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Still super after 36 years : Aspen Times : February 4, 2006 : Nate Peterson

After all these years, Ed Podolak still dreams about touchdown runs in his sleep. He sees himself breaking a tackle on a kickoff return and darting up the sideline. He can see the shadows of pursuing linebackers and hear the pounding of the crowd in his helmet as he squeezes through an opening at the line of scrimmage, then into the open field.

"Especially during Super Bowl week, or when training camp begins" says Podolak, a Basalt resident since 1981. "It feels like you're ready to go. Here I am 58 years old and I still think I can play."

It was 36 years ago, on a soggy field at Tulane Stadium in New Orleans, when Podolak played in one of the most significant Super Bowls in pro football history.

He was a wide-eyed rookie for the Kansas City Chiefs then, only 22 and without any sense that the game would be the first and last time he would play for a pro football championship.

The Chiefs' opponents in Super Bowl IV were the Minnesota Vikings of the National Football League - a squad anchored by three future Hall of Famers on a stingy defensive line nicknamed the "Purple People Eaters."

The Chiefs from the upstart American Football League, led by Hall-of Fame quarterback Len Dawson and Hall-of-Fame coach Hank Stram, were playing in their second Super Bowl in four years, but were considered 13-point underdogs.

A year earlier, when Joe Namath and the AFL's New York Jets had upset the heavily favored Baltimore Colts of the NFL in Super Bowl III, the AFL had garnered some of the respect it had sought from the NFL.

But a year later many still considered the Jets' win - which Namath famously guaranteed - to be an anomaly. The prevailing wisdom assumed that the Chiefs would be crushed by the Vikings, and with the two leagues set to merge into one after the game in New Orleans, there were skeptics who questioned the NFL's decision to merge with the supposedly inferior AFL.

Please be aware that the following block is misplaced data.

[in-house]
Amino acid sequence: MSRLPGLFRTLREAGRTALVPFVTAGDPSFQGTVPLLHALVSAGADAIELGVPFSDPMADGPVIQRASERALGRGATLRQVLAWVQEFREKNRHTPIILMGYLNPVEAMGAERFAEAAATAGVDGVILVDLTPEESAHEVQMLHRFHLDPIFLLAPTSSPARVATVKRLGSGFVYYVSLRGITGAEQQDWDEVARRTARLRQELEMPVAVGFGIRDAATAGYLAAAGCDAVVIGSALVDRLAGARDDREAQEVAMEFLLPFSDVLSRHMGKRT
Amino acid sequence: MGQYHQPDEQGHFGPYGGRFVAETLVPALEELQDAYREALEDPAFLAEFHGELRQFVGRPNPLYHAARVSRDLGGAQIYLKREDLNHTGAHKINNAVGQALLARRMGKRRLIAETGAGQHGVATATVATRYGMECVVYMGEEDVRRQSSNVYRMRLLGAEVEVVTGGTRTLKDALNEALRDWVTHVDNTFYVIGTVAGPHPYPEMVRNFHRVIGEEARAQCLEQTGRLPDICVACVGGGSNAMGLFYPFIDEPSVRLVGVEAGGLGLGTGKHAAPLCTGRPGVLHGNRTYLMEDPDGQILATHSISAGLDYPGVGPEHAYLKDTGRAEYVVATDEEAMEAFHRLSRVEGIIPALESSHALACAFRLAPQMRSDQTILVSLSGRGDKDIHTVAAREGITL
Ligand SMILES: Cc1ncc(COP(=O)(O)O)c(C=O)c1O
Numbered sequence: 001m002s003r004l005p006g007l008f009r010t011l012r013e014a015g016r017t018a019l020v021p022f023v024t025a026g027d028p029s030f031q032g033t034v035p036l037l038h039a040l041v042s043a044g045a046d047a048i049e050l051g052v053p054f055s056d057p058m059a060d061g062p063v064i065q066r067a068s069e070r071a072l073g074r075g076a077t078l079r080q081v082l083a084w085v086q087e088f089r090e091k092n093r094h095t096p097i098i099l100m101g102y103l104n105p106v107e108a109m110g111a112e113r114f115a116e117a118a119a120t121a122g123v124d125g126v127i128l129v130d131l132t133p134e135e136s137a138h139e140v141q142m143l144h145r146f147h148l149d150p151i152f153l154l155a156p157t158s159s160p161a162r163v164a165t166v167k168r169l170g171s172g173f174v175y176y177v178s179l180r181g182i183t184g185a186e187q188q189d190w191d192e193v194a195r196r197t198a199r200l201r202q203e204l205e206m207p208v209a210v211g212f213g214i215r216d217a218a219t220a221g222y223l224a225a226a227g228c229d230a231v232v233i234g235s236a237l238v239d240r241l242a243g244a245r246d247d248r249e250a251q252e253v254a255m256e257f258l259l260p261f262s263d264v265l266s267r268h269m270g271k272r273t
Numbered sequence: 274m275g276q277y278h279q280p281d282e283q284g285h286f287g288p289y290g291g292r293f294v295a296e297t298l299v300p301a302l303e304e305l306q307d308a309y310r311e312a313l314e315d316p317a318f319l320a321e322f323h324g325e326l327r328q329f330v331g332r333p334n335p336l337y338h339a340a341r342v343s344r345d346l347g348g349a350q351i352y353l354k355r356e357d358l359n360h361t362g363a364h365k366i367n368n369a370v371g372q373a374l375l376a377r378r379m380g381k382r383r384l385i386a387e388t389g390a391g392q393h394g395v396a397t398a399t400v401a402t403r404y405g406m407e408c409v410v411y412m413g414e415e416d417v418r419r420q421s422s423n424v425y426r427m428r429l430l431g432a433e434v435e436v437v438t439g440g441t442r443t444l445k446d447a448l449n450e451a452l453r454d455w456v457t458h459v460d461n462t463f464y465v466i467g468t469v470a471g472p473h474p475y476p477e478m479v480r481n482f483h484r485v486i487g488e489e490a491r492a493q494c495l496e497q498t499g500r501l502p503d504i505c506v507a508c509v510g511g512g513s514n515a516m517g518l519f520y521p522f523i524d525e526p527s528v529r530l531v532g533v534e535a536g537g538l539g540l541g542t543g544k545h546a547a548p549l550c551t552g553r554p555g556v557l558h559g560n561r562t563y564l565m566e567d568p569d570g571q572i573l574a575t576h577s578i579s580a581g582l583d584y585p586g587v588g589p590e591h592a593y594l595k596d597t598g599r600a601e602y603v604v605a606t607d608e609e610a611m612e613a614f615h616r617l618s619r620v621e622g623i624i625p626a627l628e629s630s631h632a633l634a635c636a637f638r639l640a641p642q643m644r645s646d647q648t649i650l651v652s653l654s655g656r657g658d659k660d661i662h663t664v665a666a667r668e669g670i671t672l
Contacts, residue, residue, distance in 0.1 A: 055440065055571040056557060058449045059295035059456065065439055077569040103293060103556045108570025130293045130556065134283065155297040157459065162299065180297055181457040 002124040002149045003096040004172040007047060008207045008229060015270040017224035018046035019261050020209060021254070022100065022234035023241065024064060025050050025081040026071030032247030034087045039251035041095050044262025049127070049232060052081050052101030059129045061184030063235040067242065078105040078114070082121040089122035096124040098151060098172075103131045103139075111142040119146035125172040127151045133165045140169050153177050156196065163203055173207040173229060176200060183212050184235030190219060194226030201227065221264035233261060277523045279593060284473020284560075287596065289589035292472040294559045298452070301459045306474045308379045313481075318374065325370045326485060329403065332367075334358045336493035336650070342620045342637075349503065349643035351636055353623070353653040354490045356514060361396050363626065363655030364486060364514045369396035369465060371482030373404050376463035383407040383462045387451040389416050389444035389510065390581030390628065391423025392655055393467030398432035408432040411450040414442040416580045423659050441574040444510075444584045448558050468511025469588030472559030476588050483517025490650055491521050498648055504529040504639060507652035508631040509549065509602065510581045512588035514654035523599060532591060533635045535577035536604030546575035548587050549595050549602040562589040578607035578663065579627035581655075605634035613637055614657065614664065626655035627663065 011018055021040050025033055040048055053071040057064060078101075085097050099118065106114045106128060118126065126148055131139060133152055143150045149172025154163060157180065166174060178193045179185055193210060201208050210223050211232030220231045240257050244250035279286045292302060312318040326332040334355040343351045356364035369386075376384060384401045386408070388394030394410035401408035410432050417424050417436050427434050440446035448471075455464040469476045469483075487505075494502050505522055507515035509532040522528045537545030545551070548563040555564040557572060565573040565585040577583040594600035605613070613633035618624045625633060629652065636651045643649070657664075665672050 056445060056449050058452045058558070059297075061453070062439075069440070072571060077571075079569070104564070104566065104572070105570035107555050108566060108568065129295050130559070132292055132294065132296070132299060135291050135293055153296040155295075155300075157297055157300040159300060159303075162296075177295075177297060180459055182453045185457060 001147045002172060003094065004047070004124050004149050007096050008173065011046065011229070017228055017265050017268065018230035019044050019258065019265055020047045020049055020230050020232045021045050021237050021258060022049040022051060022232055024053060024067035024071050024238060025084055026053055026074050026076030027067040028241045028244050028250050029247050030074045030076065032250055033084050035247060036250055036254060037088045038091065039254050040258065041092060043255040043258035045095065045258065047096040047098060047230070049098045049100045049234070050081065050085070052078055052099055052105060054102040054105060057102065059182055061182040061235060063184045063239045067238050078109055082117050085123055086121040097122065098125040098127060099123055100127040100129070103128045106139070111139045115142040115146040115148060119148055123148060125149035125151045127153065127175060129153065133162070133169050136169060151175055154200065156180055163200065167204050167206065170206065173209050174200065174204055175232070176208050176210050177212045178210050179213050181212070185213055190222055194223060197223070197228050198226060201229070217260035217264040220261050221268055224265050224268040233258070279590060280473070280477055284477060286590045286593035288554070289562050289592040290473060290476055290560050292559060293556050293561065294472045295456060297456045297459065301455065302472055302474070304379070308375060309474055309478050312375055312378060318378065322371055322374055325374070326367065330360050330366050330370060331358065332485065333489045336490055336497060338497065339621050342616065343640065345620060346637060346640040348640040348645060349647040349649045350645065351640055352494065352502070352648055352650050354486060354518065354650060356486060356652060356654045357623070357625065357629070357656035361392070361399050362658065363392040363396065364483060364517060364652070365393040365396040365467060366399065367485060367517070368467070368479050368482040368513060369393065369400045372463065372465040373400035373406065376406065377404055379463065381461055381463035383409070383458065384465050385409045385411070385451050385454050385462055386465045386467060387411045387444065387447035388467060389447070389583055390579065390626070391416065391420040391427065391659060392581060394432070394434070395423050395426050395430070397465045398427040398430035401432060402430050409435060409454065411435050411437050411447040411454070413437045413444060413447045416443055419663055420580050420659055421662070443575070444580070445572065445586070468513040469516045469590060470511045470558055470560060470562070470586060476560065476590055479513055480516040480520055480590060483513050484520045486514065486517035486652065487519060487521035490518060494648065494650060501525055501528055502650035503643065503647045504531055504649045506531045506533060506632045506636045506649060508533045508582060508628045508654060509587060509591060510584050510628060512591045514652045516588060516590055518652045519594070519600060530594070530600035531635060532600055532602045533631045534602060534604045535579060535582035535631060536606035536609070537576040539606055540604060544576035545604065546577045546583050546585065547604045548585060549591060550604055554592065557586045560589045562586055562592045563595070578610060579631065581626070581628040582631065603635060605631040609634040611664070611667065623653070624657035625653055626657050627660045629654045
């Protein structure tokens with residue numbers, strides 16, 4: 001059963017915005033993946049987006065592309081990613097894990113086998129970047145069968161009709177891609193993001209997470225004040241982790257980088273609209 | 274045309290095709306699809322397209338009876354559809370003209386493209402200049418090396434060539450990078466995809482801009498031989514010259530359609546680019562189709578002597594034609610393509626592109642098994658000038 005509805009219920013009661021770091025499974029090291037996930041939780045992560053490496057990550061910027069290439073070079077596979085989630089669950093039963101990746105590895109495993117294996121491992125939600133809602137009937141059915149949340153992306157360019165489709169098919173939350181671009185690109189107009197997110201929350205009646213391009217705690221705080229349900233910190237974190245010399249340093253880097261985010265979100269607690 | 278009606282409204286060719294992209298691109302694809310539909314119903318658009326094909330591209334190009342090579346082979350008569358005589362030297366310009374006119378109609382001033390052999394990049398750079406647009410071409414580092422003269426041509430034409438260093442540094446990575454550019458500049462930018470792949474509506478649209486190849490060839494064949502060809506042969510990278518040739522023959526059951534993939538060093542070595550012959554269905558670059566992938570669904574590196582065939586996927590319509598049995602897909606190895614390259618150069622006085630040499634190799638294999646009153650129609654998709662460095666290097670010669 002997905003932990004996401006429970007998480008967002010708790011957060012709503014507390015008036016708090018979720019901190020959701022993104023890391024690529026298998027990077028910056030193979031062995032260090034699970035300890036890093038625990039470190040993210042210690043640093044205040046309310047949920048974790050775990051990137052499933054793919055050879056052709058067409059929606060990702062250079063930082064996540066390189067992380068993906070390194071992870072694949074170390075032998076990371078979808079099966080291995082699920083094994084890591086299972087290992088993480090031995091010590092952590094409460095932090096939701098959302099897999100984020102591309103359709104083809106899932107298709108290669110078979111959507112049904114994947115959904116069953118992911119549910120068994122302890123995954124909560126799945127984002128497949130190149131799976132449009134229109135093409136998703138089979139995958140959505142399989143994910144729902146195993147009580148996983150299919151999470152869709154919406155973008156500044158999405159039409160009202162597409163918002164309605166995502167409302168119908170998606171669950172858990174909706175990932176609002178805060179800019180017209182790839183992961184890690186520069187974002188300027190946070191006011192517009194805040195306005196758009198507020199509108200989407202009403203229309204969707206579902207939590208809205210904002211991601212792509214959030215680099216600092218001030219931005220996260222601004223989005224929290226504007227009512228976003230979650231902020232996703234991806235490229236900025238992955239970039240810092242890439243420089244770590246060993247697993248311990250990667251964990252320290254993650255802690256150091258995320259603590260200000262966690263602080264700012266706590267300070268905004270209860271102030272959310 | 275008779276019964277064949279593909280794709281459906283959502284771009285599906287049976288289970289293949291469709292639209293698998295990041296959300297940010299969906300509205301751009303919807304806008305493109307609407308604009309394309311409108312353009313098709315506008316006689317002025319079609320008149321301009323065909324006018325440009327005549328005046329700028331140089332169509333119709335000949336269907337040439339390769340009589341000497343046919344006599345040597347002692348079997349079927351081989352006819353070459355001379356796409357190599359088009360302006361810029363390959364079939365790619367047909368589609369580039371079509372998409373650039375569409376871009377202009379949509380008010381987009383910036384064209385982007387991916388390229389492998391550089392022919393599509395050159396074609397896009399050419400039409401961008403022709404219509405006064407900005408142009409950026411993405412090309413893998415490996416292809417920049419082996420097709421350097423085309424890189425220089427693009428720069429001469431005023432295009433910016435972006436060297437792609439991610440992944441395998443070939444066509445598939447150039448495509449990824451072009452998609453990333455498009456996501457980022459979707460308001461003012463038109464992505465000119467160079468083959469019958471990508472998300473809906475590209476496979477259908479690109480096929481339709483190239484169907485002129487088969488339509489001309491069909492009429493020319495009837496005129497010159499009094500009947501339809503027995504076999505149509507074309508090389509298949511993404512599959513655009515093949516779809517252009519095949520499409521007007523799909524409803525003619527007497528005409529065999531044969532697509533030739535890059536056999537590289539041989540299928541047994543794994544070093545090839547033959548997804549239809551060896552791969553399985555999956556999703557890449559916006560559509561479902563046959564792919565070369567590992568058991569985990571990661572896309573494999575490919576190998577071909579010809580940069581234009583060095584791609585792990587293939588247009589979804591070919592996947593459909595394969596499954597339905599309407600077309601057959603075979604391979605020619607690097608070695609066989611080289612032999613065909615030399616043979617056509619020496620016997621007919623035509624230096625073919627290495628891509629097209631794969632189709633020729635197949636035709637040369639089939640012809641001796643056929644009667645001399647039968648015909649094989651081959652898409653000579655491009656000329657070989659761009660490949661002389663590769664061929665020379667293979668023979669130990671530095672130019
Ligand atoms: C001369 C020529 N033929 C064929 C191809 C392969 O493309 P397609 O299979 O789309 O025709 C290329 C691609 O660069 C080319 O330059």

Contrary to predictions, Kansas City dissected the Vikings' defense with ease, while holding Minnesota's strong rushing game to a mere 67 yards.

The 23-7 win, Podolak says, helped ensure the future success of the new league and its crowning event, the Super Bowl.

"It really gave the new league a springboard," Podolak says. "There had been four Super Bowls and the NFL had won two and the AFL had won two. It wasn't a fluke."

By the numbers

  • Wore No. 14 during his playing days with the Kansas City Chiefs
  • Was inducted into the team's Hall of Fame in 1989.
  • Is the team's second all-time leading rusher with 4,451 yards and 34 touchdowns on 1,158 carries.
  • Caught 288 passes for 2,456 yards and six scores while averaging 8.6 yards per punt and 20.5 yards per kickoff return.
  • Has the second-most career combined yards in club history, with 8,178.

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